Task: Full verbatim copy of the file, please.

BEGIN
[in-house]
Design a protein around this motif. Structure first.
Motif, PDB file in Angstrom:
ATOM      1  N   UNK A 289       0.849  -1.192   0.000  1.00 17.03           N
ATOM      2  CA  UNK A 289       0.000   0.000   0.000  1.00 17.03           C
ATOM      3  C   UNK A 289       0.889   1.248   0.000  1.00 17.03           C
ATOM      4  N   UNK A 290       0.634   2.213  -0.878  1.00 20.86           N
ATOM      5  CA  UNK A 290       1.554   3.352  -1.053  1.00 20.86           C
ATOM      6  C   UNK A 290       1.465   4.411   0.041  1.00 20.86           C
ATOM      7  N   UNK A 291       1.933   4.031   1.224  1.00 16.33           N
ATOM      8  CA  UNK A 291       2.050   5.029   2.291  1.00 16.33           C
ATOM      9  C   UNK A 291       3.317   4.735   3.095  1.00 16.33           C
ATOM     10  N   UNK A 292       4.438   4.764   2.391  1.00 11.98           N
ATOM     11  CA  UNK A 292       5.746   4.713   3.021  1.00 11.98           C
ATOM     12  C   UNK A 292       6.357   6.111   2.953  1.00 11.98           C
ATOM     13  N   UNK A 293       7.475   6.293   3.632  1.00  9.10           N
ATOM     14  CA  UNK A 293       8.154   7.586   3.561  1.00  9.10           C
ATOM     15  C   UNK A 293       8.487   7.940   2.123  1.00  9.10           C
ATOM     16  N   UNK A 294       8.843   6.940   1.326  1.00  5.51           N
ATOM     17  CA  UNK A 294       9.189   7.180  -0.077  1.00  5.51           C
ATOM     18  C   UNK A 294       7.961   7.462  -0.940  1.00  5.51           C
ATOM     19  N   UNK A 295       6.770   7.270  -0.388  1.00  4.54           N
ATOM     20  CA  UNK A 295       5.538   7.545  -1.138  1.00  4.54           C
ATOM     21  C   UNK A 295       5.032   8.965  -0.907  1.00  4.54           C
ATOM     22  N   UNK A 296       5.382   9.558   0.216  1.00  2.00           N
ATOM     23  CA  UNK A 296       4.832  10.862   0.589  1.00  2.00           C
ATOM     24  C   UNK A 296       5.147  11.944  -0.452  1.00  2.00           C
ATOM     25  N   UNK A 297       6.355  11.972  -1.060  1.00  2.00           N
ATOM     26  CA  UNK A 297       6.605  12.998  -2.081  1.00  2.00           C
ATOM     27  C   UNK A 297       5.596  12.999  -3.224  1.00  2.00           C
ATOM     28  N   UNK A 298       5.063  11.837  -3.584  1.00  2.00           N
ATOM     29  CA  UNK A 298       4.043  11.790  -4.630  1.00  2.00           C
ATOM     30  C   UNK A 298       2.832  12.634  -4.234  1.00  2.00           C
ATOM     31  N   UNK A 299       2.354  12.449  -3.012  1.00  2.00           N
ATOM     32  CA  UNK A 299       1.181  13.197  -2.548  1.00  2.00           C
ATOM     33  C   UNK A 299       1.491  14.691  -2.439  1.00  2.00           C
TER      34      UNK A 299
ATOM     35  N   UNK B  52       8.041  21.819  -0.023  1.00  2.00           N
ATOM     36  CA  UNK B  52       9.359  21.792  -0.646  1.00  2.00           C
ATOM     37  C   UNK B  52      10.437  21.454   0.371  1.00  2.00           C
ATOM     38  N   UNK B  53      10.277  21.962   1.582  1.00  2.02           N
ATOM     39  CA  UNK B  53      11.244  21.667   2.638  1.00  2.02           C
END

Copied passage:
[in-house]
Design a protein around this motif. Structure first.
Motif, PDB file in Angstrom:
ATOM      1  N   UNK A 289       0.849  -1.192   0.000  1.00 17.03           N
ATOM      2  CA  UNK A 289       0.000   0.000   0.000  1.00 17.03           C
ATOM      3  C   UNK A 289       0.889   1.248   0.000  1.00 17.03           C
ATOM      4  N   UNK A 290       0.634   2.213  -0.878  1.00 20.86           N
ATOM      5  CA  UNK A 290       1.554   3.352  -1.053  1.00 20.86           C
ATOM      6  C   UNK A 290       1.465   4.411   0.041  1.00 20.86           C
ATOM      7  N   UNK A 291       1.933   4.031   1.224  1.00 16.33           N
ATOM      8  CA  UNK A 291       2.050   5.029   2.291  1.00 16.33           C
ATOM      9  C   UNK A 291       3.317   4.735   3.095  1.00 16.33           C
ATOM     10  N   UNK A 292       4.438   4.764   2.391  1.00 11.98           N
ATOM     11  CA  UNK A 292       5.746   4.713   3.021  1.00 11.98           C
ATOM     12  C   UNK A 292       6.357   6.111   2.953  1.00 11.98           C
ATOM     13  N   UNK A 293       7.475   6.293   3.632  1.00  9.10           N
ATOM     14  CA  UNK A 293       8.154   7.586   3.561  1.00  9.10           C
ATOM     15  C   UNK A 293       8.487   7.940   2.123  1.00  9.10           C
ATOM     16  N   UNK A 294       8.843   6.940   1.326  1.00  5.51           N
ATOM     17  CA  UNK A 294       9.189   7.180  -0.077  1.00  5.51           C
ATOM     18  C   UNK A 294       7.961   7.462  -0.940  1.00  5.51           C
ATOM     19  N   UNK A 295       6.770   7.270  -0.388  1.00  4.54           N
ATOM     20  CA  UNK A 295       5.538   7.545  -1.138  1.00  4.54           C
ATOM     21  C   UNK A 295       5.032   8.965  -0.907  1.00  4.54           C
ATOM     22  N   UNK A 296       5.382   9.558   0.216  1.00  2.00           N
ATOM     23  CA  UNK A 296       4.832  10.862   0.589  1.00  2.00           C
ATOM     24  C   UNK A 296       5.147  11.944  -0.452  1.00  2.00           C
ATOM     25  N   UNK A 297       6.355  11.972  -1.060  1.00  2.00           N
ATOM     26  CA  UNK A 297       6.605  12.998  -2.081  1.00  2.00           C
ATOM     27  C   UNK A 297       5.596  12.999  -3.224  1.00  2.00           C
ATOM     28  N   UNK A 298       5.063  11.837  -3.584  1.00  2.00           N
ATOM     29  CA  UNK A 298       4.043  11.790  -4.630  1.00  2.00           C
ATOM     30  C   UNK A 298       2.832  12.634  -4.234  1.00  2.00           C
ATOM     31  N   UNK A 299       2.354  12.449  -3.012  1.00  2.00           N
ATOM     32  CA  UNK A 299       1.181  13.197  -2.548  1.00  2.00           C
ATOM     33  C   UNK A 299       1.491  14.691  -2.439  1.00  2.00           C
TER      34      UNK A 299
ATOM     35  N   UNK B  52       8.041  21.819  -0.023  1.00  2.00           N
ATOM     36  CA  UNK B  52       9.359  21.792  -0.646  1.00  2.00           C
ATOM     37  C   UNK B  52      10.437  21.454   0.371  1.00  2.00           C
ATOM     38  N   UNK B  53      10.277  21.962   1.582  1.00  2.02           N
ATOM     39  CA  UNK B  53      11.244  21.667   2.638  1.00  2.02           C